7 Ways To Save Money On Your Pets

We have two cats in our home.  In fact, I’ve had cats, and sometimes dogs, as pets my entire life.  I’m not alone.

Approximately “70-80 million dogs and 74-96 million cats are owned in the United States. Approximately 37-47% of all households in the United States have a dog, and 30-37% have a cat” (ASPCA).

While pets can enrich your life, they can also cost a small fortune if you’re not careful.  However, there are steps you can take to have a pet without ruining the budget.

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If you want a pet but don’t have  a lot of extra money, consider smaller pets like fish, hamsters, or a bird.

Keep The Pet At A Healthy Weight

Each year when I bring one of my cats in for his annual check-up, he has gained a pound.  This has happened over the last three years, so he’s now quite obese.  This year, the vet told me to only feed the cat ½ cup of food once a day.  Otherwise, he warned me, the cat was likely to get diabetes and would require daily insulin shots.  That’s not something I want, both for the expense and the oh, so fun aspect of chasing a cat around with a needle.  Just like humans, cats that maintain a healthy weight are more likely to live longer with fewer medical issues.

Buy Pet Supplies At Big Box Stores

You can get almost everything cheaper at stores like Costco or Sam’s Club.  We buy 40 pound bags of cat litter at a ridiculously low price at Costco.  We buy our cat food in bulk on Amazon.

By shopping this way instead of just picking up what we need at the pet store or the grocery store, we save a significant amount of money.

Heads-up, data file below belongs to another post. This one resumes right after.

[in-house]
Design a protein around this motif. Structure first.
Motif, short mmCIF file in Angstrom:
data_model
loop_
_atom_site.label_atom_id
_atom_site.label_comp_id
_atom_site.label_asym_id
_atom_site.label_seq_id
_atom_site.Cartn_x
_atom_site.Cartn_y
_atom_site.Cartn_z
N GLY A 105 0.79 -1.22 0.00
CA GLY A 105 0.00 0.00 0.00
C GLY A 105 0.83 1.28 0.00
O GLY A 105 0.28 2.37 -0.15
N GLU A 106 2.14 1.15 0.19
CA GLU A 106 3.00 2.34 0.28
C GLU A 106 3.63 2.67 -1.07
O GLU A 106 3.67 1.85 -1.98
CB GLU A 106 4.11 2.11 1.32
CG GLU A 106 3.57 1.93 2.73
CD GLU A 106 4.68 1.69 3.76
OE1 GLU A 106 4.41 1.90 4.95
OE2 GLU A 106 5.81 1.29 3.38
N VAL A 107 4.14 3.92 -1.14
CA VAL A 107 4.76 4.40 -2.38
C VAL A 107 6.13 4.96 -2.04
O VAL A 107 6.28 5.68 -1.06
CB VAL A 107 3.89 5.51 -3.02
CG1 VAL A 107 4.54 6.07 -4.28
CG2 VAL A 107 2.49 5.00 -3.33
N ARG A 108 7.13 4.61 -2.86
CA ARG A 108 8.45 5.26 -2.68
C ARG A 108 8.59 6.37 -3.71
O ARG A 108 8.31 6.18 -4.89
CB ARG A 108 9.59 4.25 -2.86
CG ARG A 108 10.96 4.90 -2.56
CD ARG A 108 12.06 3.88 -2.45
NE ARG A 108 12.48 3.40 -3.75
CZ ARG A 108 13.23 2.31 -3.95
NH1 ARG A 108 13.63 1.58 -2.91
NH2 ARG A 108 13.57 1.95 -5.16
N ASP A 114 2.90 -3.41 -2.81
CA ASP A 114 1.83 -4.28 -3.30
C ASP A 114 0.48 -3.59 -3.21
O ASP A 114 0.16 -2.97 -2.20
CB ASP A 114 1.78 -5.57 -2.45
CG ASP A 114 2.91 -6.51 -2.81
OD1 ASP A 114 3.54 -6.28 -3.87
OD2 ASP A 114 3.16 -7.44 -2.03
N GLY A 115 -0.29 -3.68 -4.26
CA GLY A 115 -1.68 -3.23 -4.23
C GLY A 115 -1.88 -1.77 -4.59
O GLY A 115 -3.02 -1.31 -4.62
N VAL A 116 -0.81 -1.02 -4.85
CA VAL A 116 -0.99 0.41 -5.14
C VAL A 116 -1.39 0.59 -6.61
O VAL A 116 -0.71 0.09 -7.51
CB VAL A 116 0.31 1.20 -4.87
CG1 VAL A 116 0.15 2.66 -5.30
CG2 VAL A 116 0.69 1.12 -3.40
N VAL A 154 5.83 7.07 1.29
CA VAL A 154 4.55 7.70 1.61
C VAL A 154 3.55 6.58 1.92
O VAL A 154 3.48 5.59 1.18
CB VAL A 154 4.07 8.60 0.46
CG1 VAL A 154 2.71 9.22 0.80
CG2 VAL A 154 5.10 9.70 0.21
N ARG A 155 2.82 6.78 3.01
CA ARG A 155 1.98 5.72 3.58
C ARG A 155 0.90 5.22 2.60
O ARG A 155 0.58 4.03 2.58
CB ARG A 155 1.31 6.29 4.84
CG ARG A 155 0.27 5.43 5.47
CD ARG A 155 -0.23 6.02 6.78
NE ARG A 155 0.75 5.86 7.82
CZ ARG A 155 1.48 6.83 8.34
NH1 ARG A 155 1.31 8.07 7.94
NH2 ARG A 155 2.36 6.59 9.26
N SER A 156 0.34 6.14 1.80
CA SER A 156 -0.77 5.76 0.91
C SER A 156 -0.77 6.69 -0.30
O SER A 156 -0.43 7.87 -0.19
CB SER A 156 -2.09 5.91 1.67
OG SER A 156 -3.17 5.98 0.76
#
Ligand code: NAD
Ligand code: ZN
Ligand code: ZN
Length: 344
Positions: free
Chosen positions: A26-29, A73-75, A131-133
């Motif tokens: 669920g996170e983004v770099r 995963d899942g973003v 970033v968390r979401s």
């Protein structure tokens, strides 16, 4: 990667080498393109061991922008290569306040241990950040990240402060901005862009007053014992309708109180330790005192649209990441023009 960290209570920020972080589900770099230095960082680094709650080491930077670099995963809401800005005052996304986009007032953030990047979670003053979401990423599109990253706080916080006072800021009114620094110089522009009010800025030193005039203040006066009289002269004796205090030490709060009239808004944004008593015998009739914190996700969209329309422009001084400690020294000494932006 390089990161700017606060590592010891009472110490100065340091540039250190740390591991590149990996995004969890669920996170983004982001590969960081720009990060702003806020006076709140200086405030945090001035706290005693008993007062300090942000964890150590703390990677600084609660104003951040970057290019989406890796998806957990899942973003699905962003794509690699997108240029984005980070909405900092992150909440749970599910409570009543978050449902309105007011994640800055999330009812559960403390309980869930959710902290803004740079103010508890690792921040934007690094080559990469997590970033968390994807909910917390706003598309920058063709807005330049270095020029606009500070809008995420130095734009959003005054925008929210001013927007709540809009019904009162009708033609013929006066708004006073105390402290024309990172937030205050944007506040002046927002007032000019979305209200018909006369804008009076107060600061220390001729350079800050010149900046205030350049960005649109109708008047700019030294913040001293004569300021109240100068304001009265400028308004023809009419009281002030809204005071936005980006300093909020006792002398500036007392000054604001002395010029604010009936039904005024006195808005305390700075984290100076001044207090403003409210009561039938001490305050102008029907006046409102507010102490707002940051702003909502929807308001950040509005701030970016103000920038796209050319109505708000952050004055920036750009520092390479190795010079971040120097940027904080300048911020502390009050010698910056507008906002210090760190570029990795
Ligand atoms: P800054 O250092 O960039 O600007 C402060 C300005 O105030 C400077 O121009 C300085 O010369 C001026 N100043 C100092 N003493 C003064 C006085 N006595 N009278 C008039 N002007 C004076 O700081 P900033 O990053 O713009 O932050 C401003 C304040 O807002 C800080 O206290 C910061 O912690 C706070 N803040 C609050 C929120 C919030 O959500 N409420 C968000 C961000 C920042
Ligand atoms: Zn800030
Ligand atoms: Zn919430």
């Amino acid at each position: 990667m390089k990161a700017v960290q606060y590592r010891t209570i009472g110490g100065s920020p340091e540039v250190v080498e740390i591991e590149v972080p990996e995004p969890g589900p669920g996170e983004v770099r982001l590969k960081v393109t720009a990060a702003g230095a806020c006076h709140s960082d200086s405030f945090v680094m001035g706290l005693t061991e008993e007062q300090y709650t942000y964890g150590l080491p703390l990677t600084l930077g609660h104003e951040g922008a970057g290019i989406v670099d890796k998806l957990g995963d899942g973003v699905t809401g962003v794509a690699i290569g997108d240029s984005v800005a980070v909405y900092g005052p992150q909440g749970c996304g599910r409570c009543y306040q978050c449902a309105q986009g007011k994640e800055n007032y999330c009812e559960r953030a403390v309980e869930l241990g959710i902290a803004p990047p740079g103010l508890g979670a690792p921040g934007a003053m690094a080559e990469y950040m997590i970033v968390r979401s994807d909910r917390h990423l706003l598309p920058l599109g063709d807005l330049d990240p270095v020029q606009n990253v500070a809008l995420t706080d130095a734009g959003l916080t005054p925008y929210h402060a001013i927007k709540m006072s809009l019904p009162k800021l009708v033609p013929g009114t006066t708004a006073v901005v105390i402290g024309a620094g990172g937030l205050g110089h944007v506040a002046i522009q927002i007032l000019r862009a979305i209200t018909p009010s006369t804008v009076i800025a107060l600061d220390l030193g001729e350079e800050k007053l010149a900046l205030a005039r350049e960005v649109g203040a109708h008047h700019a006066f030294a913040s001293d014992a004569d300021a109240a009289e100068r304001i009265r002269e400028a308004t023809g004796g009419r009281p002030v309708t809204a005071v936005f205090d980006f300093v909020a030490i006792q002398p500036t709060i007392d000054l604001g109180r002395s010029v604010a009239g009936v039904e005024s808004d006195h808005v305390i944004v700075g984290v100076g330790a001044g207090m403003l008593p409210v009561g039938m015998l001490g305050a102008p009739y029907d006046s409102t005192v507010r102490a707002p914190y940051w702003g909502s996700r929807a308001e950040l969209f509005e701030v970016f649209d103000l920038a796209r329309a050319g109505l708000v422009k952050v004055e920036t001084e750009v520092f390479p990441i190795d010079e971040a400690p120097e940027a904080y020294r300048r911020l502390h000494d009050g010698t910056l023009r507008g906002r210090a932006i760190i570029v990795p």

Create Your Own Pet Insurance

Pet insurance can be expensive, and just like other insurances, it rarely covers the entire price of a procedure.  Add in exclusions, and you may find that you’re breaking even between what pet insurance will cover and what you’re paying in premiums and deductibles.

A better way is to create your own pet insurance by setting aside a certain amount for pet care every month from the moment you bring your pet home.  Set aside $50 a month, and in four years, you’ll have $2,400 saved for any expensive procedure your cat or dog may need.  Continue to do this throughout your pets life, and by the time they reach 10 years old, when many medical issues crop up, you’ll have $6,000 saved.

Decide How Much Care You Can Afford

Another important step you can take is to decide how much you’ll spend on your pet.  With today’s medical advances in pet care, treating your pet for any number of conditions is possible, if you have the money and are willing to spend it.

Groom Your Pet Yourself

As much as possible, groom your pet yourself.  We routinely brush our cats, cut out matted fur, and clip their nails.  By doing these tasks ourselves, we easily save over $100 a year, if not more.

Owning a pet is a privilege and a delight.  However, if you take the right steps, it doesn’t have to be expensive.

Do you own a pet?  What do you do to reduce your pet care costs?

Source: biblemoneymatters.com

Budgeting for a New Pet

Budgeting for a New Pet

Whether you’re considering adopting a cat, dog, rabbit, hamster, or guinea pig, you must be committed to caring for your new pet for its lifetime. Adding a pet as a new family member is exciting, sometimes frustrating, and extremely rewarding. But you have to make sure you understand up front what kind of commitment you’re making. Pets thrive on love, but they also require tangibles like food, shelter and bedding. And you have to be prepared to give your new pet the veterinary care necessary for a long, healthy, happy life.